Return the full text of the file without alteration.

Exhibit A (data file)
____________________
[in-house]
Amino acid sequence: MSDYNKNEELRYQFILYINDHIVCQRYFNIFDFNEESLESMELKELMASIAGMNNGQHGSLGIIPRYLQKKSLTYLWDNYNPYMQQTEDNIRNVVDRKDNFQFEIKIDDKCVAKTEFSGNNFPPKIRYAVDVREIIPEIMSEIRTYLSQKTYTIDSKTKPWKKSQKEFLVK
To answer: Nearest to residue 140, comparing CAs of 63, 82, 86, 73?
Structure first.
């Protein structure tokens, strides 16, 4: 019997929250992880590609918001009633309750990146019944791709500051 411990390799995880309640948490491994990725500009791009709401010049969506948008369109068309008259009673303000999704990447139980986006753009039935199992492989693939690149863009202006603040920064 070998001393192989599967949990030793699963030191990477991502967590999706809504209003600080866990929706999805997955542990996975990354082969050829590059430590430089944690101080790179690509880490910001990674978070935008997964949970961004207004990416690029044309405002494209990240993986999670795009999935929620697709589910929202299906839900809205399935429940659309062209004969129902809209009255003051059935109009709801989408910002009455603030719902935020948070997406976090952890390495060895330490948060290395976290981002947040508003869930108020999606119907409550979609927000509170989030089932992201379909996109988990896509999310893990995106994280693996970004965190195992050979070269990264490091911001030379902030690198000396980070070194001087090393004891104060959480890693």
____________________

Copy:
[in-house]
Amino acid sequence: MSDYNKNEELRYQFILYINDHIVCQRYFNIFDFNEESLESMELKELMASIAGMNNGQHGSLGIIPRYLQKKSLTYLWDNYNPYMQQTEDNIRNVVDRKDNFQFEIKIDDKCVAKTEFSGNNFPPKIRYAVDVREIIPEIMSEIRTYLSQKTYTIDSKTKPWKKSQKEFLVK
To answer: Nearest to residue 140, comparing CAs of 63, 82, 86, 73?
Structure first.
């Protein structure tokens, strides 16, 4: 019997929250992880590609918001009633309750990146019944791709500051 411990390799995880309640948490491994990725500009791009709401010049969506948008369109068309008259009673303000999704990447139980986006753009039935199992492989693939690149863009202006603040920064 070998001393192989599967949990030793699963030191990477991502967590999706809504209003600080866990929706999805997955542990996975990354082969050829590059430590430089944690101080790179690509880490910001990674978070935008997964949970961004207004990416690029044309405002494209990240993986999670795009999935929620697709589910929202299906839900809205399935429940659309062209004969129902809209009255003051059935109009709801989408910002009455603030719902935020948070997406976090952890390495060895330490948060290395976290981002947040508003869930108020999606119907409550979609927000509170989030089932992201379909996109988990896509999310893990995106994280693996970004965190195992050979070269990264490091911001030379902030690198000396980070070194001087090393004891104060959480890693």